Fri 10 Feb 2017


John Rhoads Public Seen by 432

I am of the opinion that inclusiveness is good WHEN those that are partaking in decisions are doing so because of a genuine interest and have been "vetted" by way of an official membership in Democracy at Work. As it is now, I am not sure which of us are members and which are slipping in through the back door as provocateurs. I'm not comfortable with this. Having just anyone able to jump in and muddy the water is going to be a time waster.


Betsy Avila Fri 10 Feb 2017

Please resist the urge to feed trolls, folks. We definitely don't want censor or kick anyone out so let's do our best to be civil and supportive. We're all brothers and sisters in this movement.


Vic Jasin Fri 10 Feb 2017

If anyone who disagrees with you is a troll then mea culpa I fit the description. Never mind folks I won't bother you any more I will unsub.

Victor G.L. Jasin B.Comm FRC
(who believes in Mutual Capitalism and knows there are limits to Consensus democracy from experience. NOT A TROLL a reality) ;-).
Later. :walking:


Joe Sat 11 Feb 2017

So we have a great example here of how NOT to communicate in this group and to learn from and to refine what happens here moving forward...

Every one of us is often guilty of believing our way is the best way. But never is any one way the best way - because too many others will disagree and leave. Those that leave become terrible marketers for the initiative.

When we talk more than we listen, we often turn more people off than activate them to engage further and deeper.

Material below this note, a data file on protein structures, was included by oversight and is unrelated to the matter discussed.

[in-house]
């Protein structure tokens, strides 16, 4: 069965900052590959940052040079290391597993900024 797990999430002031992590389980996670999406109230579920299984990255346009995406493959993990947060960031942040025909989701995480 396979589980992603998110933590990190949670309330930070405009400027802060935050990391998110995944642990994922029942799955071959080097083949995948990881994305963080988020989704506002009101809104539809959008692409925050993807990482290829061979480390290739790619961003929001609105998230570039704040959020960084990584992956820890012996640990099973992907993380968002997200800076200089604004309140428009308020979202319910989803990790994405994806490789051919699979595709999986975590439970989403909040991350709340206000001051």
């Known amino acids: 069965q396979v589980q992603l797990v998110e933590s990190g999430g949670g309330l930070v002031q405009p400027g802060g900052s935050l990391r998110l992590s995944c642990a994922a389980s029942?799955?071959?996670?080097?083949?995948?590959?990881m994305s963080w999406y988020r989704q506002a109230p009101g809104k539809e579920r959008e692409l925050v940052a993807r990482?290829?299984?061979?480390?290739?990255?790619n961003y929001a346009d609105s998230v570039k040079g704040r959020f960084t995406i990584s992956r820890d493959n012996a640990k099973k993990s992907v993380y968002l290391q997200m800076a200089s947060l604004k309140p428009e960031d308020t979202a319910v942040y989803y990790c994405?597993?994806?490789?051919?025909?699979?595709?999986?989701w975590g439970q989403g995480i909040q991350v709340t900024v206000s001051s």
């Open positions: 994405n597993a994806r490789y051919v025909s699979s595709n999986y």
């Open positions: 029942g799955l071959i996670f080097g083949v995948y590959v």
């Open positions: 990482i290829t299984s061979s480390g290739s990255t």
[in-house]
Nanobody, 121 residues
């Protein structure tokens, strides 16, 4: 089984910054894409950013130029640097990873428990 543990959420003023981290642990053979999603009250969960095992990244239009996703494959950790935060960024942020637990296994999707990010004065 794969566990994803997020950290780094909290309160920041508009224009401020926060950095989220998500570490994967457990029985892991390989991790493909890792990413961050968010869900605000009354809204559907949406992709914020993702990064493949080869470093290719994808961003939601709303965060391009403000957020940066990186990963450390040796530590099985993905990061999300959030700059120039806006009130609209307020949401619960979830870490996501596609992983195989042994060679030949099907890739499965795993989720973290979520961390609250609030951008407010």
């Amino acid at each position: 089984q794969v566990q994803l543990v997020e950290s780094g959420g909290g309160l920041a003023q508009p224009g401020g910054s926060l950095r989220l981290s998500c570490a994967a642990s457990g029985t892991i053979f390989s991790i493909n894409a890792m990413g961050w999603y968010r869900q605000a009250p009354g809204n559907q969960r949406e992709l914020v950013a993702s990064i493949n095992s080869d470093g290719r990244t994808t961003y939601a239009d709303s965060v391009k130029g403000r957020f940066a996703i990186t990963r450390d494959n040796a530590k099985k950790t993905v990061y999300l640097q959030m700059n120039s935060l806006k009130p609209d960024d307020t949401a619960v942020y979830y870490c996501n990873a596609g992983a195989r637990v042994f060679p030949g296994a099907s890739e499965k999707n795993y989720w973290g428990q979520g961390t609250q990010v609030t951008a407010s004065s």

The very first thing this group MUST succeed at is to stay together - even within all the disagreement about the best approach to get to the mission objective.

We MUST accept one another as we exist today and hope we ALL grow closer along the journey.

If we separate then we will fail!

Leadership is very tricky. The best leaders know how to find compromise within ALL extreme POVs.

When things get complicated then look for solutions within simplification.

Might I suggest we establish a written set of agreement statements, prioritize these and see what emerges from the exercise. The list then becomes an important document that ALL - old and new - participants can continually reference moving forward. (It's important that the list be dynamic in form and ever-changeable, but don't worry about this piece just yet. Let's first just co-create in harmony some possible list options. We'll prioritize as a next step.)

A simple exercise to attempt to bring us all back together!


Jon Iten Sat 11 Feb 2017

Sounds to me like Vic was trying to say democracy in the workplace can't and won't work. I think it's a good thing he decided to leave the group. I also think anyone else who enters the group with that idea should not be allowed in.


John Rhoads Sun 12 Feb 2017

This is my logic about vetting: There is a basketball team (d@w) where the object of the game is to put the ball through the hoop (create workplace democracy). As a team, we encourage anyone who wants to participate to do so with the intention of putting the ball through the hoop. However, without vetting players that want to put the ball through the hoop, we end up having members on our team that would rather drop-kick the ball into the bleachers than put it through the hoop - or who feel that putting the ball through the hoop is not doable. It defeats our purpose. So, my stance is to have a very basic oath of understanding of what THE mission is and what we do. If a person cannot agree up front about this objective, they get screened. It's really quite simple and harmless. By taking an "oath" of sorts, it would preclude people from redefining our objective ad lib. Our mission (objective) is really not open for debate IMO, but everything else in between is. :smiley:


John Rhoads Sun 12 Feb 2017

I tweaked the group description to be more specific in light of this threads topic. If anyone would like to help me word our description to help people understand what we do, I'm all ears.